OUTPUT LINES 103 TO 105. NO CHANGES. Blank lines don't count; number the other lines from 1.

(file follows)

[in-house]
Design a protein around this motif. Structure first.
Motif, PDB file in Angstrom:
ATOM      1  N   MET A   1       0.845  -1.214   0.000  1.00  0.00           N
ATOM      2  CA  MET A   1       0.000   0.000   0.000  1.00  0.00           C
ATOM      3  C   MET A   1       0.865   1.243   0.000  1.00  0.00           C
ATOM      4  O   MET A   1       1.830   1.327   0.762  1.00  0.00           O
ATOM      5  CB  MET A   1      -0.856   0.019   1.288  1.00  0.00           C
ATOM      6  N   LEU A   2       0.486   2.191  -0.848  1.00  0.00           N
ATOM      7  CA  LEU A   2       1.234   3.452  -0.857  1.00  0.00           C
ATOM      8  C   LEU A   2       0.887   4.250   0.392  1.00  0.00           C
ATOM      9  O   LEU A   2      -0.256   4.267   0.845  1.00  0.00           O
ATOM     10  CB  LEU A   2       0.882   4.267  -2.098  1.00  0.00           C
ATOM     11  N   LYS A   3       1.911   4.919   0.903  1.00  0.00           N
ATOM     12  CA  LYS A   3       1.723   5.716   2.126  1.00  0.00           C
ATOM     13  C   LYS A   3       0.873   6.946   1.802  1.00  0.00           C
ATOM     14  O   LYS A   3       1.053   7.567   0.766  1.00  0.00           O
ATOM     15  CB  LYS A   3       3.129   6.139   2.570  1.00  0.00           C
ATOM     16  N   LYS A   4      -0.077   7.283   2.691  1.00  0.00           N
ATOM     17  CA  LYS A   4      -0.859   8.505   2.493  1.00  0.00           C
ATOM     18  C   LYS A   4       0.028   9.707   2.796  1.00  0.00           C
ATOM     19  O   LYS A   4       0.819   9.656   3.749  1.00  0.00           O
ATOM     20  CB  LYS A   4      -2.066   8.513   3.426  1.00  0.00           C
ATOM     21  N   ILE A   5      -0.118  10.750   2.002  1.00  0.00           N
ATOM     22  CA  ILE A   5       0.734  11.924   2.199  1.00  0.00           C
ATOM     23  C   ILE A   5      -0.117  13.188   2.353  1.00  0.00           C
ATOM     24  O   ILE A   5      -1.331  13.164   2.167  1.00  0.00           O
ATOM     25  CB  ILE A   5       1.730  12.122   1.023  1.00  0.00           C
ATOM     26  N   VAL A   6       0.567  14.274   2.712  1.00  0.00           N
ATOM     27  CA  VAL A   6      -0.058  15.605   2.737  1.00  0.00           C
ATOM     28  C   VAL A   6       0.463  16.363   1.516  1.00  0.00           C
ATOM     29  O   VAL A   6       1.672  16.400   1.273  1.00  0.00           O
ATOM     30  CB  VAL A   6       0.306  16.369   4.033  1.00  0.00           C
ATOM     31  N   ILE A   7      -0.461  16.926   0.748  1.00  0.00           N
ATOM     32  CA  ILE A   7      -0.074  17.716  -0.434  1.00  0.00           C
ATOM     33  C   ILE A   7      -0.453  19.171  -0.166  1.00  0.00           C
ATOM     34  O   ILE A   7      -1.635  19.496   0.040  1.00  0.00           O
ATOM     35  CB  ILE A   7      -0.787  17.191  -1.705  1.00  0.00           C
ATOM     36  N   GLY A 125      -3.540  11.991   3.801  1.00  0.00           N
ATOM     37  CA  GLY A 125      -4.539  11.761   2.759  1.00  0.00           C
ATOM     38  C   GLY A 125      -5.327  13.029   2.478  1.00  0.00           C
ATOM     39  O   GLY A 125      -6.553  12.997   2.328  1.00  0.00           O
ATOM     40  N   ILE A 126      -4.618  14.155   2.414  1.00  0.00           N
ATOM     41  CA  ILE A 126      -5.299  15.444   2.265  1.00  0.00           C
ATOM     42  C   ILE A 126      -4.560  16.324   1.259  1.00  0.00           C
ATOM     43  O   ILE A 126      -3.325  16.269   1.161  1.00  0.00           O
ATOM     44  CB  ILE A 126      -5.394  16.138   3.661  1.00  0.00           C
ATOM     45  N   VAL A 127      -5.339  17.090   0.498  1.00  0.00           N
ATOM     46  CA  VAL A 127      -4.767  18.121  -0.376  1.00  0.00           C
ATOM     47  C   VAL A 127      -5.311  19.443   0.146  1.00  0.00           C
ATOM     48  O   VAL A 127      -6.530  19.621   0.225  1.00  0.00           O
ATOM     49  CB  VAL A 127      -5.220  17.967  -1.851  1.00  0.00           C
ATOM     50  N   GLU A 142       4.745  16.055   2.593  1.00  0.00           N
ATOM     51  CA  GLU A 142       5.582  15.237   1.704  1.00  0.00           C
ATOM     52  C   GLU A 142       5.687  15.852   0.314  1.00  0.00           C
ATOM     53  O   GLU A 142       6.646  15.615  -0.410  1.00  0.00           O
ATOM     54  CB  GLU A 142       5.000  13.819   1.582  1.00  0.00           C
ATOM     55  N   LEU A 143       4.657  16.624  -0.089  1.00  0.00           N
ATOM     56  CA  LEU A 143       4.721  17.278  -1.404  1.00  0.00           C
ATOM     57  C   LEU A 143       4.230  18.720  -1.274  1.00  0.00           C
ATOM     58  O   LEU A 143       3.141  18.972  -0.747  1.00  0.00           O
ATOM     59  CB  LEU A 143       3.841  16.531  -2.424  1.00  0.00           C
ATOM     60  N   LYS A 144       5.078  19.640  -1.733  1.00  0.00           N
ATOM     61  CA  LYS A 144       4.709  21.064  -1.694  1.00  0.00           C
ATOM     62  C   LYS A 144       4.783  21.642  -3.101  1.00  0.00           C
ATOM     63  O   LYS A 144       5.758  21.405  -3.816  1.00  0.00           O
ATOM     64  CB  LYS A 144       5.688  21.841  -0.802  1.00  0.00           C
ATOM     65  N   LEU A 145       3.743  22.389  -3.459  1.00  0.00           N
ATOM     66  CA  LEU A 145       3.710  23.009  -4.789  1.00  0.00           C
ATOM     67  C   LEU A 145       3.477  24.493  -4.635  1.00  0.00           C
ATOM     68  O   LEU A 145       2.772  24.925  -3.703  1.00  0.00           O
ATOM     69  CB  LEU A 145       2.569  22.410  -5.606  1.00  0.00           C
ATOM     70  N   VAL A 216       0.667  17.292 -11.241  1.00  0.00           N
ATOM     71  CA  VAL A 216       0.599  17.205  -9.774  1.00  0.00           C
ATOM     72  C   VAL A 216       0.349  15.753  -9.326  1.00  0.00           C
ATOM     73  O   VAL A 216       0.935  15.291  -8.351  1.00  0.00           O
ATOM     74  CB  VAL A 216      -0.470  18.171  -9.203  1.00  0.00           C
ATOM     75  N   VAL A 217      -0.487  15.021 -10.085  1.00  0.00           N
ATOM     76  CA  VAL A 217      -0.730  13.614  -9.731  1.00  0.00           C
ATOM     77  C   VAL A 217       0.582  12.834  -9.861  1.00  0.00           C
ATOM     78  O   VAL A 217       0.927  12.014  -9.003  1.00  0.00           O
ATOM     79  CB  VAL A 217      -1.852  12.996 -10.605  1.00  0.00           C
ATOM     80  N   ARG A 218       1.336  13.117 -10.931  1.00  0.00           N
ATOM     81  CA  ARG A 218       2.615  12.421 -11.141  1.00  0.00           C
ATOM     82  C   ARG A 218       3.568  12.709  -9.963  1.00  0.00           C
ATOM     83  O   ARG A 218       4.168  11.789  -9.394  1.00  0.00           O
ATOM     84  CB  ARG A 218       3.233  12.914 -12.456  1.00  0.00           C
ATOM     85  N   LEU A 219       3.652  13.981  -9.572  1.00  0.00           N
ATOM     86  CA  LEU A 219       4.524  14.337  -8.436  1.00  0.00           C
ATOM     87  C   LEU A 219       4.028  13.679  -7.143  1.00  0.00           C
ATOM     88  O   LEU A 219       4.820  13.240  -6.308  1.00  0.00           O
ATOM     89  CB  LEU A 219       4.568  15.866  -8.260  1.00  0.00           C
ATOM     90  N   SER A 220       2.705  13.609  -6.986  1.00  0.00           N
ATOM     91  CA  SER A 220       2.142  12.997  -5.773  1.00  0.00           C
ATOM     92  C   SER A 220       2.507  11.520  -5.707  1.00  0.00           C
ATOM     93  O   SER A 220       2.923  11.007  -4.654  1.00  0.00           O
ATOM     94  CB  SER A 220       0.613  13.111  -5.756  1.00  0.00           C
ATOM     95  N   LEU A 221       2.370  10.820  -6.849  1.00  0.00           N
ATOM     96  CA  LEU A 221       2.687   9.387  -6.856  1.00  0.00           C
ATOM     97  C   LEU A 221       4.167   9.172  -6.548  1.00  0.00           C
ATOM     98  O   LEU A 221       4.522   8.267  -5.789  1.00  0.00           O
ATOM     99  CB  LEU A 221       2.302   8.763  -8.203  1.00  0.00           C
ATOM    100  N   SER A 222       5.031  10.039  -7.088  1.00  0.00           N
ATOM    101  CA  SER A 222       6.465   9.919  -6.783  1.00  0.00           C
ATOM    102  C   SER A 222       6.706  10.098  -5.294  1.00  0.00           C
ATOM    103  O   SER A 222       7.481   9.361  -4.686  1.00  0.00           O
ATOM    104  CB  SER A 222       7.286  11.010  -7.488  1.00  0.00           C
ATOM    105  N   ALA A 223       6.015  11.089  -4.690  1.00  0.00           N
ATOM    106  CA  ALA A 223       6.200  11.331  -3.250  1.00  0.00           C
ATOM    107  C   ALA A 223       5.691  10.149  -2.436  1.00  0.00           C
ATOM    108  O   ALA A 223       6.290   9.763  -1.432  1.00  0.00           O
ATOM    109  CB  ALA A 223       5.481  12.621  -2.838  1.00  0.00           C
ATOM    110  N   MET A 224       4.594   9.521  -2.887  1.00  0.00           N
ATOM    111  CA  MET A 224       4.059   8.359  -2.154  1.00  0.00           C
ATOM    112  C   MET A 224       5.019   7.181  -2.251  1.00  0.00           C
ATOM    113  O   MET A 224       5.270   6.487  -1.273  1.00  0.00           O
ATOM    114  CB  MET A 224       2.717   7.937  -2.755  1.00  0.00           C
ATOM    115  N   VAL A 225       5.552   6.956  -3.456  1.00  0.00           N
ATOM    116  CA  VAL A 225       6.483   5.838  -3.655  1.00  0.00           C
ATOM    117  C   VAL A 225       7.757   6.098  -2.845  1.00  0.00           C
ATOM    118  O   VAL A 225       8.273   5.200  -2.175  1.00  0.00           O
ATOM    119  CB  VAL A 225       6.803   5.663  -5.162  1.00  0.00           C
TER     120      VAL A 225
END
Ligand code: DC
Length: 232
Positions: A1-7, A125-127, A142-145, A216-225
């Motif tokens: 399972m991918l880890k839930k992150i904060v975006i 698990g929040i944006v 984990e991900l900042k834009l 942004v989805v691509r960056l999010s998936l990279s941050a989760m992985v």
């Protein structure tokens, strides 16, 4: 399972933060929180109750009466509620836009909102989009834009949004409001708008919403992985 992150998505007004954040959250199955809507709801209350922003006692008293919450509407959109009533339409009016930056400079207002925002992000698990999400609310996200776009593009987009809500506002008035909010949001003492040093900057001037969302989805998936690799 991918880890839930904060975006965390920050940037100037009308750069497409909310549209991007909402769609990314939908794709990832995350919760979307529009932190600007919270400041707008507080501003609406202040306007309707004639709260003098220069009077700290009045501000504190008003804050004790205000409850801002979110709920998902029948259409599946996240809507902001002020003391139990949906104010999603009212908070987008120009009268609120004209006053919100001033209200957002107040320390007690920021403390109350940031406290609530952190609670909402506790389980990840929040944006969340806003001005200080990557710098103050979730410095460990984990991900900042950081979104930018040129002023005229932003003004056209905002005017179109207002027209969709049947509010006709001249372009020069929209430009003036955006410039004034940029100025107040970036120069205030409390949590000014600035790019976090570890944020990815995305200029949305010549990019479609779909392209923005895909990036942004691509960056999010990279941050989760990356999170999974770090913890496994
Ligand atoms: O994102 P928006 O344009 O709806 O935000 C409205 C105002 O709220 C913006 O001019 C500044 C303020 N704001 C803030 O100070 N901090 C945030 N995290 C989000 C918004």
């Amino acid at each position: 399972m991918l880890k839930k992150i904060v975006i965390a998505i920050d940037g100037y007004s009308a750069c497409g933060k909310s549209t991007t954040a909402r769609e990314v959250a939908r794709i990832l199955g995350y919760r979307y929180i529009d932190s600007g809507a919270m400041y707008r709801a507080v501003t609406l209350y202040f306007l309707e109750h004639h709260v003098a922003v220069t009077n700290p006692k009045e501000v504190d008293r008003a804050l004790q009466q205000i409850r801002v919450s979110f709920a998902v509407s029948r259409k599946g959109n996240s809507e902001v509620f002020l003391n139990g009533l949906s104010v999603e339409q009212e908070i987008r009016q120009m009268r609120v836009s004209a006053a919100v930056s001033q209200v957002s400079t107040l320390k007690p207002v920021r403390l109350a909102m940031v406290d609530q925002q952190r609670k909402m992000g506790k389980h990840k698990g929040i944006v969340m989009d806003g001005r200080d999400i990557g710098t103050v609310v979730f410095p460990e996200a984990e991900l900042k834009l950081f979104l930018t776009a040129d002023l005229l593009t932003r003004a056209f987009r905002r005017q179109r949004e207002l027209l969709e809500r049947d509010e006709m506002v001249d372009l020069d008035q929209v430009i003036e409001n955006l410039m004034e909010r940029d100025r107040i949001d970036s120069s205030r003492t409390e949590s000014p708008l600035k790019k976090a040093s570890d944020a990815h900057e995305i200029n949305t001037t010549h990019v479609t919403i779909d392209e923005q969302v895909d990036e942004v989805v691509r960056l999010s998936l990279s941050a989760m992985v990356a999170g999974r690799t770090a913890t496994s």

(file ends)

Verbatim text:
ATOM    100  N   SER A 222       5.031  10.039  -7.088  1.00  0.00           N
ATOM    101  CA  SER A 222       6.465   9.919  -6.783  1.00  0.00           C
ATOM    102  C   SER A 222       6.706  10.098  -5.294  1.00  0.00           C